Term it a team effort. A positive feedback loop. Cosmic alignment.
There are always those moments. As The Chapel’s signature double umbrella of white, starry lights lowered over its patrons and performers, the air felt comfortable. Slowly but surely, a mellow Thursday evening transformed into a lively one, propelled largely by the energy of the crowd.
The night began with Springtime Carnivore as three women — and a male drummer who flew largely under the radar — took the stage, with frontwoman Greta Morgan at the point. Opening their set with “Creature Feature,” the band quickly had the crowd bobbing and swaying under the power of Morgan’s glittery persona. Their set largely featured music off their debut album, Springtime Carnivore, from the lighter “Last One to Know” and “Two Scars;” to the definitive and heavy “Sun Went Black” and final tune, the single “Name on a Matchbook.”
Throughout the set, the instrumental accompaniment was unfortunately obstructive. We only witnessed some of the vocal beauty Morgan displays on the album when she came under the lone spotlight and serenaded the crowd with “Other Side of the Boundary,” under a blanket of disco ball lights and ambient crowd sounds. In addition, many of the unique synthesized sounds that set the record apart did not resurface live, which made most of their songs sound generic, with the same few chords repeating.
For a show on the band’s debut tour, Springtime Carnivore did inspire some excitement for the Generationals and deliver a unique impression as an entity of their own, which will most certainly make audiences take a second look as their touring continues.
After the change, New Orleans-based Generationals were nowhere to be seen for a several minutes while the stage was dim, a suspenseful bass riff crawling across the floor. When Ted Joyner and Grant Widmer finally appeared, two touring musicians in tow, “Gold Silver Diamond” was their opening anthem. They didn’t quite capitalize on their audience’s excitement during this first upbeat lilt, borrowed from their 2014 effort Alix. Nor did the group inspire much energy through the first five songs of their set, which wound up being over thrice that length.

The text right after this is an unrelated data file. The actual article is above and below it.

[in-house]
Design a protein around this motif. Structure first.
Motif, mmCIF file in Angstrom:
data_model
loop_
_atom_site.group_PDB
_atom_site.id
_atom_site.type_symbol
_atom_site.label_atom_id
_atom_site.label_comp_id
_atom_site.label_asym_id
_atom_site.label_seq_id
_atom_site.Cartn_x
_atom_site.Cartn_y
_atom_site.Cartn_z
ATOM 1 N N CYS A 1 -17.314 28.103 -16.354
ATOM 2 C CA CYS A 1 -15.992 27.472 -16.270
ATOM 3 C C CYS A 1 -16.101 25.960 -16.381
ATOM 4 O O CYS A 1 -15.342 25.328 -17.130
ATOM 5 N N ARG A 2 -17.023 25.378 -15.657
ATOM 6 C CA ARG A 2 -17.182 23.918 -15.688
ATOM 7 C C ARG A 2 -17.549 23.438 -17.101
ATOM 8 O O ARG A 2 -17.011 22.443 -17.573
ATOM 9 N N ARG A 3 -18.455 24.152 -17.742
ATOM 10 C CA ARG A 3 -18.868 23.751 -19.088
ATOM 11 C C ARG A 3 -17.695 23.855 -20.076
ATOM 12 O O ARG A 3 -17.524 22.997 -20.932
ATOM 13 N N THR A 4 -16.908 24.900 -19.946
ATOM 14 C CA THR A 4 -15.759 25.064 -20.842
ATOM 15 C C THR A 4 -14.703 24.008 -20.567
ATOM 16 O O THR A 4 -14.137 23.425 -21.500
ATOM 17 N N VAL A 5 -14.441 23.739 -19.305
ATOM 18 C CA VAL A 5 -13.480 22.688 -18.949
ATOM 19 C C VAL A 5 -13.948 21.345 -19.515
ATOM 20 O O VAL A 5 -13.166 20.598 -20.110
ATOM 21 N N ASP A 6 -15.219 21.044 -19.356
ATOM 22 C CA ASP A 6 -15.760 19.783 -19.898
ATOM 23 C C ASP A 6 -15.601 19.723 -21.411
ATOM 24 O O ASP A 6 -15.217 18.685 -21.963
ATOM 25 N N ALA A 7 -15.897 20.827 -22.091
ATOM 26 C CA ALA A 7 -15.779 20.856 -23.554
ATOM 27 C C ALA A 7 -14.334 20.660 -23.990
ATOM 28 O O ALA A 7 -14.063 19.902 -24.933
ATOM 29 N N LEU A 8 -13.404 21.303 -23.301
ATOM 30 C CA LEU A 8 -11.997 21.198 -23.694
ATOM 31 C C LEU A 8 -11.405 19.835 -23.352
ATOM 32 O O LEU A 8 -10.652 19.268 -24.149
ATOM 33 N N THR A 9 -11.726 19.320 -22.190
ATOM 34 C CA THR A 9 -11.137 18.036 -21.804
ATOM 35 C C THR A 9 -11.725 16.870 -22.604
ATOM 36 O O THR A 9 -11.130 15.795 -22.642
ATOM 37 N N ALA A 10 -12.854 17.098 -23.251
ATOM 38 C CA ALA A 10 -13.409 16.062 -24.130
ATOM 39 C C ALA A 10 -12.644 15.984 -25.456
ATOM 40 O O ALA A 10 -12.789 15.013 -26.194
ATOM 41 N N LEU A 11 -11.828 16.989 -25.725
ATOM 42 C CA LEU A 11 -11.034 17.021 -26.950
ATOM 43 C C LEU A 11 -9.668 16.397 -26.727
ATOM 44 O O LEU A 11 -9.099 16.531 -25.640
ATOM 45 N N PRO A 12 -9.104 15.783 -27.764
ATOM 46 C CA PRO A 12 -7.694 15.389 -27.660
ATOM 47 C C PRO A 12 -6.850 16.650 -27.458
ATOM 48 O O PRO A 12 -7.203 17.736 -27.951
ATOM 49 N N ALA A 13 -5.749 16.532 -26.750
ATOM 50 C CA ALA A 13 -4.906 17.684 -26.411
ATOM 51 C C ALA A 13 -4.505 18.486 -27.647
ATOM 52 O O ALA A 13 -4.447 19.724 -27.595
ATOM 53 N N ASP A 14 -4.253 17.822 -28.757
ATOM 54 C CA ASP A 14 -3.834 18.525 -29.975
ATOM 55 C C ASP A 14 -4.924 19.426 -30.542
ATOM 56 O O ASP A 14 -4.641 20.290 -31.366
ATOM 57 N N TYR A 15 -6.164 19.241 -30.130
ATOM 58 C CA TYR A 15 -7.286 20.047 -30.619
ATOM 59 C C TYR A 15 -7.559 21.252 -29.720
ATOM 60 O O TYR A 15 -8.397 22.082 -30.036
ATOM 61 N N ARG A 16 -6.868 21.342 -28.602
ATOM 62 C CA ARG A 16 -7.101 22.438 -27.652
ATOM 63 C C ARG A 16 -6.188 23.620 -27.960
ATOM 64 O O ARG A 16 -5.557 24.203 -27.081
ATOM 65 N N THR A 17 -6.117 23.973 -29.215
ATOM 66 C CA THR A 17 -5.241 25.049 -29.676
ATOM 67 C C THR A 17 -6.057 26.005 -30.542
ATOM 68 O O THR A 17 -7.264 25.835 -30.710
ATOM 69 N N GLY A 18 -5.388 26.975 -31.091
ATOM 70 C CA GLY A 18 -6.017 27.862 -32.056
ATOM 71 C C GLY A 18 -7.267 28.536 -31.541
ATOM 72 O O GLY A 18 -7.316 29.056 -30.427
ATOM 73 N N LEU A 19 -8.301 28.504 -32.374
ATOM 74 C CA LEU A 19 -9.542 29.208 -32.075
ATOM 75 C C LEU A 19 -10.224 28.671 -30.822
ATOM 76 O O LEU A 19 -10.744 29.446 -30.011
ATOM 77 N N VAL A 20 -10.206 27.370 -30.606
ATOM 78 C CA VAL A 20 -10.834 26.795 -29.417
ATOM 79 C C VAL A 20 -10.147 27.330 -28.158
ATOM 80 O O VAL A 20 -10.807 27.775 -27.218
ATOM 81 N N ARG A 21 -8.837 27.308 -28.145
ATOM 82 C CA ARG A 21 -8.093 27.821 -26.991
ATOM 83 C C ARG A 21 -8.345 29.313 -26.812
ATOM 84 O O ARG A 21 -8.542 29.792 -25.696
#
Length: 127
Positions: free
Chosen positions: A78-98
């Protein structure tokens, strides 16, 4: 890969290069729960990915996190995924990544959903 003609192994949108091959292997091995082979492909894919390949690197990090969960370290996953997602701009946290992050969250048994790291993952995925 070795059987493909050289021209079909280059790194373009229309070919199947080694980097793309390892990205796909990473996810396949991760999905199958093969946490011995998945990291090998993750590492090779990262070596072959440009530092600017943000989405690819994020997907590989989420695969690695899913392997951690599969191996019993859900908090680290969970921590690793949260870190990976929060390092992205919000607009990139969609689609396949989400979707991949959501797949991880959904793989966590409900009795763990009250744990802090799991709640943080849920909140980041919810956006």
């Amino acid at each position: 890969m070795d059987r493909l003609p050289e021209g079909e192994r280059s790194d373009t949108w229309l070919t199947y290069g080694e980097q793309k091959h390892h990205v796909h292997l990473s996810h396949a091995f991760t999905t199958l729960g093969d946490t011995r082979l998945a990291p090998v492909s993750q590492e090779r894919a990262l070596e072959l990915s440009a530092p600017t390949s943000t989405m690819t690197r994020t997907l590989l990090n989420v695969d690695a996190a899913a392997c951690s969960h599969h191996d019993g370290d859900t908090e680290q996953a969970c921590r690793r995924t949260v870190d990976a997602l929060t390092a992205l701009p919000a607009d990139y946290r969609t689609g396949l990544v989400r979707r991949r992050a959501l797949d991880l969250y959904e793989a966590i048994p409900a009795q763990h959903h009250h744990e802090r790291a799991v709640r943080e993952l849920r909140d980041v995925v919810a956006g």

Because of this lack of vigor, we noticed the pesky details: pitchy moments in Joyner’s vocals, that the touring guitarist/bassist and percussionist were carrying the brunt of the show during the first stretch of songs, and the band’s overall collected composure — too calm and collected for a shimmery, whimsical sound that screamed otherwise.
Generationals were running a tight ship. They had brought with them a stage setup involving various cutouts, and opted to use their own prop and stage lighting in lieu of the house lights, as the duo spent most of the evening lit by only two bars of light (equal signs?) appended to their keyboard stands.
The pivotal point of the evening was the segue from “Black Lemon,” a single on which Widmer hit the steel drum (“steel drum” on his keys, of course) perfectly, to “Ten-Twenty-Ten.” By the next track, they’d turned the muted tones into the prismatic ones displayed by their stage lighting — a switch of energy level that was in tandem with the crowd, who clapped in enthusiastic synchronicity to “Put a Light On.”
Slowly but surely, we crossed the threshold from light synth grooves to full-bodied guitar jams, over the course of “Yours Forever,” “Angry Charlie,” “Would You Want Me,” and “Nothing Could Change Your Mind.” We — once again stressing the audience-performer interplay — ended on “When They Fight, They Fight.”
We’d invite Joyner and Widmer if we were throwing a pre-teen birthday party for our hypothetical pre-teen child. Or perhaps an outdoor block party. Or a retirement home celebration. That’s the sort of joy they instill once they’ve worked up a head of steam.
Article by Arnav Chaturvedi and Joanna Jiang